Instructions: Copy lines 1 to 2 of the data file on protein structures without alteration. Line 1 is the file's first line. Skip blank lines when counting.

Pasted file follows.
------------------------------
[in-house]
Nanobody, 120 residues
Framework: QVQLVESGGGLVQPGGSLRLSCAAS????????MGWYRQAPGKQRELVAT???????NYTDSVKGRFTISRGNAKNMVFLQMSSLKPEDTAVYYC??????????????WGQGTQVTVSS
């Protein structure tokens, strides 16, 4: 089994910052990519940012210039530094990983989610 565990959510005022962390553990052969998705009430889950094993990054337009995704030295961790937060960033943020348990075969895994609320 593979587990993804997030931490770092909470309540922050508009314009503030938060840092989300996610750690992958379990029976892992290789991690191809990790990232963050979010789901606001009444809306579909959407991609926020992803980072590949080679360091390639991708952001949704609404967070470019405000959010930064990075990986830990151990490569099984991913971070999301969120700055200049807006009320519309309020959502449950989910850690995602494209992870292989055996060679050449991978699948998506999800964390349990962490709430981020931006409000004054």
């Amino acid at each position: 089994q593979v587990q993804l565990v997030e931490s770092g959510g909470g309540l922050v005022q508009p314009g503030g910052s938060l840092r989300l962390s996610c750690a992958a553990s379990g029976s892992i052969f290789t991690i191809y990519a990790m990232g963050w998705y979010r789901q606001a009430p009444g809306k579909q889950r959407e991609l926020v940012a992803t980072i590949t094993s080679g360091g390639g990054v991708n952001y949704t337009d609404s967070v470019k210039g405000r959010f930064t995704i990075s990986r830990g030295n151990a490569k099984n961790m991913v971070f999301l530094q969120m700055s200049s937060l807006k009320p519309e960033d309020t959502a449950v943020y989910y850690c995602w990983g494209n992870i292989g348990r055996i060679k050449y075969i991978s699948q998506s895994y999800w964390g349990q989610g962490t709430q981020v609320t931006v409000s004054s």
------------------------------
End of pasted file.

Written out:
[in-house]
Nanobody, 120 residues